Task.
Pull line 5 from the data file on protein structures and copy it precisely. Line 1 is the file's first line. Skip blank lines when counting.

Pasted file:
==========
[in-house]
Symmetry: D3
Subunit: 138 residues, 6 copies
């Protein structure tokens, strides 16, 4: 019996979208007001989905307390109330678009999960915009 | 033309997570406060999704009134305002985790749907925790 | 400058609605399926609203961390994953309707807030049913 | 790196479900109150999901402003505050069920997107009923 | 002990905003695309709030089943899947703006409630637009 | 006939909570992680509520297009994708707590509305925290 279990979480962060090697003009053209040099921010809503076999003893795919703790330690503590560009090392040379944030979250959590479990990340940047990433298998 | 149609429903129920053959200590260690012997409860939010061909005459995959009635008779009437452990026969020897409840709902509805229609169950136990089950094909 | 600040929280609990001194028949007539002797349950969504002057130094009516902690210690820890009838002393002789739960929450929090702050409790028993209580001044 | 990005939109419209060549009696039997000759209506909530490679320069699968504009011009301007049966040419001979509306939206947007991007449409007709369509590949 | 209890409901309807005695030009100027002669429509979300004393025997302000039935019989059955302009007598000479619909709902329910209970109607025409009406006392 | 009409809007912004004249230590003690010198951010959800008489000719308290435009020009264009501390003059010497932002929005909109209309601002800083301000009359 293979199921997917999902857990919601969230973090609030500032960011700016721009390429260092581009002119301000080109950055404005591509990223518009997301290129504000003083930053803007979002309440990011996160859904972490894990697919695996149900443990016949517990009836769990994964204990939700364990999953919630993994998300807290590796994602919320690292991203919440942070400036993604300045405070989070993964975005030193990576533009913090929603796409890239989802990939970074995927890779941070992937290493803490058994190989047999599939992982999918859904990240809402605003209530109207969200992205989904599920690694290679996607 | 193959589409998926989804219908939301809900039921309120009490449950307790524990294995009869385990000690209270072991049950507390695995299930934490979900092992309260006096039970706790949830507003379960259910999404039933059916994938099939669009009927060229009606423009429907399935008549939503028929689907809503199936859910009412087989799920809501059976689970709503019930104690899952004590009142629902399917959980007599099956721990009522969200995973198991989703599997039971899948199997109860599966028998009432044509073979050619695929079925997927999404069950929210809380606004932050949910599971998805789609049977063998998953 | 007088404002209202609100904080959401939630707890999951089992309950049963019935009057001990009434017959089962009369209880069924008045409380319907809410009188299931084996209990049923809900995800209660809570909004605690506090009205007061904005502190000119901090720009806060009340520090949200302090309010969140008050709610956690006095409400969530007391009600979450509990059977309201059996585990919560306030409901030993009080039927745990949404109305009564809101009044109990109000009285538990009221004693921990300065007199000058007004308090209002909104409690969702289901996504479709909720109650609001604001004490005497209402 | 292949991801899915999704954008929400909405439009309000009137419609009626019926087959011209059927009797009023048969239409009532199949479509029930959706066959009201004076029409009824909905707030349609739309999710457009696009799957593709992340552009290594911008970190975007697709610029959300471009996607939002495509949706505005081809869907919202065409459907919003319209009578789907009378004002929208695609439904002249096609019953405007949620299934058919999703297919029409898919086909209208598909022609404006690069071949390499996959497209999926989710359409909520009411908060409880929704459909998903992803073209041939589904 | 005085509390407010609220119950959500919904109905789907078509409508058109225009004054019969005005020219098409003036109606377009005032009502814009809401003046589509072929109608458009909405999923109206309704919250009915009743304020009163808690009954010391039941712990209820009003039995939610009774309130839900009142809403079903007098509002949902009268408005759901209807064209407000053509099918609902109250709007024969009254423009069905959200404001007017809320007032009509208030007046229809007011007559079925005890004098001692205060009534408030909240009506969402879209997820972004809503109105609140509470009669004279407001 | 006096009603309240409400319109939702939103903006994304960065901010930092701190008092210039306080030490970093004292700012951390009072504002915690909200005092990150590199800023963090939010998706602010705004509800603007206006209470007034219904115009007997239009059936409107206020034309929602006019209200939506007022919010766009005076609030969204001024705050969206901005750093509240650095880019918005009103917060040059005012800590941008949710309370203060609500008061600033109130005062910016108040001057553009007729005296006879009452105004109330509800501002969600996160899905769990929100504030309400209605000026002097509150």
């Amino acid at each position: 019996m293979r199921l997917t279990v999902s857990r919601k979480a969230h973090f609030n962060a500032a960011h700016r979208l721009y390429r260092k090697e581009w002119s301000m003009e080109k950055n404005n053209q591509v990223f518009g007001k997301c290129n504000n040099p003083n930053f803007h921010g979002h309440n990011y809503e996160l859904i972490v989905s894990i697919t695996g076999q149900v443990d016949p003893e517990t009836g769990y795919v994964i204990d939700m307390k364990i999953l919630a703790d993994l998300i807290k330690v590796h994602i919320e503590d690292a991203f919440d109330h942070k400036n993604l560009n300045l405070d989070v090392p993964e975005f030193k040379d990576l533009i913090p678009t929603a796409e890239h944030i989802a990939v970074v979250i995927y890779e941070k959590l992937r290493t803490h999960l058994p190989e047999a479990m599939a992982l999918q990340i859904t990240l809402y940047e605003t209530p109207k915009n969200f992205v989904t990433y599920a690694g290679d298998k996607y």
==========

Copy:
């Amino acid at each position: 019996m293979r199921l997917t279990v999902s857990r919601k979480a969230h973090f609030n962060a500032a960011h700016r979208l721009y390429r260092k090697e581009w002119s301000m003009e080109k950055n404005n053209q591509v990223f518009g007001k997301c290129n504000n040099p003083n930053f803007h921010g979002h309440n990011y809503e996160l859904i972490v989905s894990i697919t695996g076999q149900v443990d016949p003893e517990t009836g769990y795919v994964i204990d939700m307390k364990i999953l919630a703790d993994l998300i807290k330690v590796h994602i919320e503590d690292a991203f919440d109330h942070k400036n993604l560009n300045l405070d989070v090392p993964e975005f030193k040379d990576l533009i913090p678009t929603a796409e890239h944030i989802a990939v970074v979250i995927y890779e941070k959590l992937r290493t803490h999960l058994p190989e047999a479990m599939a992982l999918q990340i859904t990240l809402y940047e605003t209530p109207k915009n969200f992205v989904t990433y599920a690694g290679d298998k996607y």